21 June 2009
Obituary: General Thomas Francis Meagher
[Thomas Francis Meagher drowned in the Missouri River at Fort Benton July 1, 1867, 142 years ago. Just as Fort Benton will finally have a coroner’s inquest into his mysterious death this Friday evening at 7 p. m. in the Ag Center, the River Press now carries his obituary.]
Thomas Francis Meagher was born on the 3d of August 1825, at Waterford, one of the oldest and most renowned cities of Ireland. At the age of eleven he was sent to the Jesuits at Clongowes Wood College, County Kildare, Ireland. He remained there for five years, and was then sent to Stonyhurst College, the celebrated seminary of the English Jesuits in Lancashire, England. Here he devoted himself to his studies, and became a favorite with his fellow students. At the close of his collegiate course at Stonyhurst he carried off the silver medal for rhetoric, and was acknowledged as one of the foremost orators of that school of rhetoric and eloquence.
On leaving Stonyhurst, it was his intention to become an officer in the British army; but O’Connell at that time had raised what was recognized by some as the flag of Irish nationality, and Thomas Francis Meagher three aside his prospects as an officer in the British service, and boldly threw himself into the national cause, as it was magnificently presented to him by that greatest of Irish patriots. In the abortive attempt of ’48, he therefore exposed himself to the power of the British Government; and, after the feeble and futile efforts among the mountains of Tipperary, he was arrested and transported for life, (never again to see his native land) which sentence still held good at the time of his death.
Renouncing his parole, he made his escape from Van Deiman’s Land [Tasmania Island] and arrived in New York on the 27th of June 1852. Immediately on his arrival, the citizens of all parties enthusiastically welcomed him. The Common Council of New York presented him with a complimentary address, and invited him to a public procession and the hospitalities of the city. This he declined in a very eloquent letter, alleging as his principal reason for so doing, that those who had shared the danger and misfortunes of the attempt to free his native land were still in captivity, and that it would be unworthy of him to accept any ovation while they were in exile. For the first three years of his residence in the United States he devoted himself to lecturing before the Literary societies of the great cities North and South and became acquainted with the leading men of both sections.
Early in 1856, he started the “Irish News,” but wishing to have a more active field for the exercise of his talents, he sold out in 1858, and went to Central America. The results of his explorations in that country appeared in a series of charmingly written articles in “Harper’s Magazine.”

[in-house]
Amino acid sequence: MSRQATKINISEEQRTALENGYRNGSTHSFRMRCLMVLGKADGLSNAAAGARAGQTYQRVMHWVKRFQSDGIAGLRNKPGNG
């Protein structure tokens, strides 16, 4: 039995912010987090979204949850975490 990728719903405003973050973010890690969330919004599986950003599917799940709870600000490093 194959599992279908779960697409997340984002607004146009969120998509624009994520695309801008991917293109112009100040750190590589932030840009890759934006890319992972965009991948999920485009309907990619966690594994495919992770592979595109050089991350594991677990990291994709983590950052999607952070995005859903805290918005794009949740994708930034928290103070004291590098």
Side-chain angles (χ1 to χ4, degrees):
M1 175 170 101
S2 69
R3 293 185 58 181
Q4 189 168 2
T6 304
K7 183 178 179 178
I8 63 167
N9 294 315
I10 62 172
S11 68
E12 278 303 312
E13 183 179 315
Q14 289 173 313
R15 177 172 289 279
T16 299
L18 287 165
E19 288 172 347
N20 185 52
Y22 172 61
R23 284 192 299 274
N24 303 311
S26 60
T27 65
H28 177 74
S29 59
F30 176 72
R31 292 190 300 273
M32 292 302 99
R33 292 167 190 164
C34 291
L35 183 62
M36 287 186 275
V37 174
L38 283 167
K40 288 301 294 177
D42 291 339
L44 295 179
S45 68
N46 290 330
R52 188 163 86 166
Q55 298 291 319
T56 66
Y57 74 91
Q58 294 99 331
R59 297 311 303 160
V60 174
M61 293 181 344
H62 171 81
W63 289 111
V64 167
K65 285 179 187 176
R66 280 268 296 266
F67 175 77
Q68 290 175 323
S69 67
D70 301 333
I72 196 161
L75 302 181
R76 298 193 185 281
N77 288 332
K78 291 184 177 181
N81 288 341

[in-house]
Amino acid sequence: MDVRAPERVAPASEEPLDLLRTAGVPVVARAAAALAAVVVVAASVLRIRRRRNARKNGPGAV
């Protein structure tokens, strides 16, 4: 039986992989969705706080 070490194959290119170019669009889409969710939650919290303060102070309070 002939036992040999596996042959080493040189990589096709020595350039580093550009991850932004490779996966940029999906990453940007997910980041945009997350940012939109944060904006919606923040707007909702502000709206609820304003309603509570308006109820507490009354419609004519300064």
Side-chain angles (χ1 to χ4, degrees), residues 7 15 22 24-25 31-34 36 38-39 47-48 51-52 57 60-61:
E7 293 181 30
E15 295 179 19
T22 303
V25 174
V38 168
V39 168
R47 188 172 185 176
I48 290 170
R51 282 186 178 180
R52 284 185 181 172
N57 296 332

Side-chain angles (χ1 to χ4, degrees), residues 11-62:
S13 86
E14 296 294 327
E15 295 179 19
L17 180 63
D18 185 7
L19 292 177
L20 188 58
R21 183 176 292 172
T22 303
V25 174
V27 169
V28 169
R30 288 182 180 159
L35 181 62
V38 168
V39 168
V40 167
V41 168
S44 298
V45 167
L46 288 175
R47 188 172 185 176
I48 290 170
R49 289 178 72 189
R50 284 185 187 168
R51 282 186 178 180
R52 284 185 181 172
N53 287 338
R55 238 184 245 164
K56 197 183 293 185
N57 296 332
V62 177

On his return from Central America the war of rebellion broke out, and although attached to the South from personal associations of the most cordial character, he still felt and saw that it was his duty to sustain the authority of the United States, and he determined to support it by his presence in the field. Of his brilliant career in the field we are all-cognizant; suffice that the famous Irish Brigade under his command won imperishable laurels all through the Peninsular campaign, and participated in all of the important battles.
For his gallant and devoted services in defense of the National cause, president Johnson placed him on the list of brevets, on the termination of the war. He was appointed Secretary of Montana in 1865, and arrived here in October of that year. Since his arrival in Montana he has prominently identified himself with the material interests of the Territory, ever aiding them with that earnest, impulsive generosity of spirit, which was a marked characteristic of his nature.
Gifted with talents of a high order, and endowed with a liberal education, his efforts on the rostrum or in the study, were among the most brilliant of the day. Rich in the lore of ancient days, a ripe scholar, an observing traveler; uniting with the quick wit of his native land a fervid fancy and identity toned by the pathos of an exile’s life, his forensic appeals were models of beauty and eloquence.
In social life he was courteous, amiable and hospitable, and a welcome guest in every circle. The intelligence of his untimely death spread a shadow of gloom over every heart, and the public tributes of respect are but the exponents of the sincerest sorrow by the people.
[The Montana Post July 6, 1867 carried this original obituary.]
General Meagher second wife, Elizabeth Townsend and a son Thomas Francis Meagher III, by his first marriage, survive him. A statue commemorates General Meagher’s heroic life on the front lawn of the Montana State Capitol in Helena.
[Photo: TFMeagher in Civil War Uniform]